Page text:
Staff Publications

Staff Publications

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    'Staff publications' is the digital repository of Wageningen University & Research

    'Staff publications' contains references to publications authored by Wageningen University staff from 1976 onward.

    Publications authored by the staff of the Research Institutes are available from 1995 onwards.

    Full text documents are added when available. The database is updated daily and currently holds about 240,000 items, of which 72,000 in open access.

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Record number 409816
Title Eutypa lata, causal agent of dieback in red currant (Ribes rubrum) and gooseberry (R. uva-crispa) in the Netherlands
Author(s) Wenneker, M.; Raak, M. van; Brouwershaven, I.R. van; Martin, W.S.; Kox, L.F.F.
Source European Journal of Plant Pathology 131 (2011)3. - ISSN 0929-1873 - p. 441 - 449.
Department(s) Fruit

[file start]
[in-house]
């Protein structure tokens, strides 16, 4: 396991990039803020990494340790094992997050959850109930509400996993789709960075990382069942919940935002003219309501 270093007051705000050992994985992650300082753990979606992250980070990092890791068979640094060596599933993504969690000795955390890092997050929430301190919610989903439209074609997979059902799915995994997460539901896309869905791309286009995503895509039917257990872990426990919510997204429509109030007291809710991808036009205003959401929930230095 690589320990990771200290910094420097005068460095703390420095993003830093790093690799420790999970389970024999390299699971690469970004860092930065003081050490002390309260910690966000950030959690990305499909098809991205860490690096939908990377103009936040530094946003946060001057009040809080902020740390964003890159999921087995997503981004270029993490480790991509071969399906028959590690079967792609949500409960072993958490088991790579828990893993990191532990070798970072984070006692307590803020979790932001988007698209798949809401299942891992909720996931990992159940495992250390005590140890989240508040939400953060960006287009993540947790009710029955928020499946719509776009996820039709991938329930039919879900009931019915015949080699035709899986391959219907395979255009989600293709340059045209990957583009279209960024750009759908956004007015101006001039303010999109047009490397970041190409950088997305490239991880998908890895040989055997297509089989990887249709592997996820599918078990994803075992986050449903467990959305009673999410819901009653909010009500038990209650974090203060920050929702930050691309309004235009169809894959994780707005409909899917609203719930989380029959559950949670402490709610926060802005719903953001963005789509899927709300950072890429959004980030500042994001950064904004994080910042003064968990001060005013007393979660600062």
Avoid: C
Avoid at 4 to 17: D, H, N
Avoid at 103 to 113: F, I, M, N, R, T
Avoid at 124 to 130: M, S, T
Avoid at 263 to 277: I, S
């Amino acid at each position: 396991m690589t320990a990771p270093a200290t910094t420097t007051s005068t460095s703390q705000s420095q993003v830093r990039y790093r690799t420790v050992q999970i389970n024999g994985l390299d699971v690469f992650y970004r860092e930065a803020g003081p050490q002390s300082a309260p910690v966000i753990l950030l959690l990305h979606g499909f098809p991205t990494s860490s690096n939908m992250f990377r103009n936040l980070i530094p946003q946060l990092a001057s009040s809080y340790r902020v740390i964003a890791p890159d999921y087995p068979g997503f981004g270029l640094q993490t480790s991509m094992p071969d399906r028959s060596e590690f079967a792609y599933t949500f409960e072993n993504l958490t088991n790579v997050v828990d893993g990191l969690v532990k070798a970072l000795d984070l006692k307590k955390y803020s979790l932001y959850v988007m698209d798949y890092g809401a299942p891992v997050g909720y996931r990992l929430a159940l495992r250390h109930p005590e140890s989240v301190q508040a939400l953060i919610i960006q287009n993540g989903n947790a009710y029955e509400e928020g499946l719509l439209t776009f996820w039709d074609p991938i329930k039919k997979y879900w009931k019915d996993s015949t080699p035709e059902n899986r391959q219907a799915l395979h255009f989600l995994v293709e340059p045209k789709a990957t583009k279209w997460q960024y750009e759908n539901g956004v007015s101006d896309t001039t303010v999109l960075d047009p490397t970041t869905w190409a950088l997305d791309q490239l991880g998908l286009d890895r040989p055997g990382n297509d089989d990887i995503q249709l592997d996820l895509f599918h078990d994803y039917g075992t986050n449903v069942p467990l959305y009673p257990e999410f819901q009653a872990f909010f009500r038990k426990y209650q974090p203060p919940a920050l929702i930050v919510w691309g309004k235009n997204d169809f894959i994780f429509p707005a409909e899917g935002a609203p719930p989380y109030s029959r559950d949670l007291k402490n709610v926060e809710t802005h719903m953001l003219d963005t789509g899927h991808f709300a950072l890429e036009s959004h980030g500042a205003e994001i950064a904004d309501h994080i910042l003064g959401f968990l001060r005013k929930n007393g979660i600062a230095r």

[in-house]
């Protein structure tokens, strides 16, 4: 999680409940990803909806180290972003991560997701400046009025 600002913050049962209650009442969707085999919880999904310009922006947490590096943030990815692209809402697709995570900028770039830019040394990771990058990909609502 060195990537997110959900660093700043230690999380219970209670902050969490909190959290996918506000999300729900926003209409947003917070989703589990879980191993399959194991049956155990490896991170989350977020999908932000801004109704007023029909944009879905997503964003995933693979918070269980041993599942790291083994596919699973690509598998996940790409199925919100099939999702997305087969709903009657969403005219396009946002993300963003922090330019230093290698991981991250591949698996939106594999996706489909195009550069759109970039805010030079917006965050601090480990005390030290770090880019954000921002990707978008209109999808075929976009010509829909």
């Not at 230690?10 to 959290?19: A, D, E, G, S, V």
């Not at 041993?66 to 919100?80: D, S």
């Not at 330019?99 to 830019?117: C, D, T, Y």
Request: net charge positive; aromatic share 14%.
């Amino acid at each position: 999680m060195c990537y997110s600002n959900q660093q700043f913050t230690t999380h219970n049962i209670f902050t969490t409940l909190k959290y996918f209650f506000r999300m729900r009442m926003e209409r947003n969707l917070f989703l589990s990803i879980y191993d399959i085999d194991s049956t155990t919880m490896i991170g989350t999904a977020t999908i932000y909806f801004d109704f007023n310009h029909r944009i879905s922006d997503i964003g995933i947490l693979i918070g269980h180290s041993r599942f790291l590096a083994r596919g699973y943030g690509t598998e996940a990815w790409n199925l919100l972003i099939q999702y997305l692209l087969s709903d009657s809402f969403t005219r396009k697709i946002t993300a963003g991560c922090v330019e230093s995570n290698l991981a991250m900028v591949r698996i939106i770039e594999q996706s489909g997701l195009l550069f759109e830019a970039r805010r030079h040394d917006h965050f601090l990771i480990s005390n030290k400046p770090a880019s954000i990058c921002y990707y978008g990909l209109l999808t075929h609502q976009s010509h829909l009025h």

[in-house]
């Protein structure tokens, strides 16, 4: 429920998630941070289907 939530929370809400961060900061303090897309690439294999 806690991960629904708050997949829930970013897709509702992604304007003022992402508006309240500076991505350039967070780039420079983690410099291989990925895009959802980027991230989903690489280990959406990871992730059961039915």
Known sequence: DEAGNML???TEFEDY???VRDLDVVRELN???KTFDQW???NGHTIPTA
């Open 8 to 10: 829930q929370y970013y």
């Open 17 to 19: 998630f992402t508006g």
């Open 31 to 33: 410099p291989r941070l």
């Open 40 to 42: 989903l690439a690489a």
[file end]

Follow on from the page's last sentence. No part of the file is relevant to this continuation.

Flower Bulbs
Publication type Refereed Article in a scientific journal
Publication year 2011
Keyword(s) 1st report - grapevine - identification - pathogenicity - california - cankers - maple
Abstract Dieback of red currant (Ribes rubrum) and gooseberry (Ribes uva-crispa) is an increasing problem in commercial fields in the Netherlands. Field surveys were done in 2006–2007 and samples with dieback symptoms were analysed. In this study the causal agent was diagnosed as Eutypa lata, based on morphological characteristics and rDNA-ITS sequence data. The field surveys revealed the presence of the anamorph and teleomorph states of the fungus produced on dead infected currant wood. Eutypa lata is a vascular pathogen of many woody plants. Related fungi from the same family Diatrypaceae are difficult to distinguish from E. lata based on morphological features. The genetic variability of E. lata was compared by rDNAITS sequencing of isolates from different hosts and origins. Within the E. lata isolates little variability in the ITS sequences was observed. Phylogenetic analysis showed no clear subdivisions within the species. Eutypa lata strains isolated from the different hosts were closely related, indicating that there is no direct evidence for host specificity
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